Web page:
Characterization of Death in Dickinson's Poetry

2173 Words Dec 4th, 2007 9 Pages

Emily Dickinson had a sad life full with tragic experiences and its influences on her poetry can be seen in most of her works. During her life, she struggled with traumatic effects of a succession of deaths and due to this situation she spend the later half of her years in grief. The tragic deaths of people close to Dickinson have affected her writing and style of expression, in which death became a persisting theme of her poetry. Even though most of her poems consist directly on the subject "death", she also used unusual ways to write about this theme, by writing about immortality as a state of consciousness in an everlasting present. A typical example can be seen in her poems "Because I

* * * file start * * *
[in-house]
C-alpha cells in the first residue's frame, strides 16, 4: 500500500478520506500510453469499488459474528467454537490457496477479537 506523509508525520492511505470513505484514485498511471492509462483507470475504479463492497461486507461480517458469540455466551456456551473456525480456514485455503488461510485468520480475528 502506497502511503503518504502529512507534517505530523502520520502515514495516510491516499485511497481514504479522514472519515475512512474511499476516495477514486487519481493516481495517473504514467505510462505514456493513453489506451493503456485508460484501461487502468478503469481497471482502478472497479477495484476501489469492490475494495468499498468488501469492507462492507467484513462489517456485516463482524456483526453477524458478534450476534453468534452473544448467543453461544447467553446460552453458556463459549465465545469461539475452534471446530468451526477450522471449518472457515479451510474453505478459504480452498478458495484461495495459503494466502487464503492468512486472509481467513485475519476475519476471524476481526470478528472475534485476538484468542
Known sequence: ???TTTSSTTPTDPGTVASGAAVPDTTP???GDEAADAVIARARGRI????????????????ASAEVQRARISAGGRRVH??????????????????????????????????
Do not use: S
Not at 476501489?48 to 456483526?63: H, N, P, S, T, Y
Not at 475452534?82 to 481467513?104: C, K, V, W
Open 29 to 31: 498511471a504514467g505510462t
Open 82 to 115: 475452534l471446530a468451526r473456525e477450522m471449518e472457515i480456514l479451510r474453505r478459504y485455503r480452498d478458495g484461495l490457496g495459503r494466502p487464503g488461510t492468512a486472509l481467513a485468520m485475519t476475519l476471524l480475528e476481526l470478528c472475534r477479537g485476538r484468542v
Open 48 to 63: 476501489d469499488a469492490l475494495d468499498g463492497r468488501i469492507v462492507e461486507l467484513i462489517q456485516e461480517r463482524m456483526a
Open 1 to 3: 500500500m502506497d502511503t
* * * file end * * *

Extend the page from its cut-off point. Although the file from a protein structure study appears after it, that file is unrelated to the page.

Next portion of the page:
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In addition, the family of the narrator is there to say goodbye to their loved one for the last time as she dying in her bed. For any human being, a moment such as this one is supposed to be a vital and most solemn time; however instead of reflecting the melancholy of this moment, Dickinson wrote that there is a fly buzzing around the room. Actually, this fly causes stealing the leading role of the show and gets everyone's notice, as the room, "Was like the Stillness in the Air / Between the Heaves of Storm," (3-4). The narrator feels mainly bothered at this interruption; hence, as inexplicable as death is, there are some hopes, such as seeing a brilliant white glow upon walking into heaven or seeing God, so far the narrator only hears a fly buzzing, no light, no salvation, no God. The next stanza is about the family's enduring by waiting for her death. The dying woman portrays them as, "The Eyes around had wrung them dry," (5). Her family members are only waiting at this moment, because they have cried as much as they may possibly cry over losing a beloved one. In the lines "For that last Onset when the King / Be witnessed in the Room," (7-8), Dickinson points out an irony by using the words "that last Onset". Last clearly signifies an "end" at the same time as onset stands for a "beginning". This irony involving the two contexts cannot be
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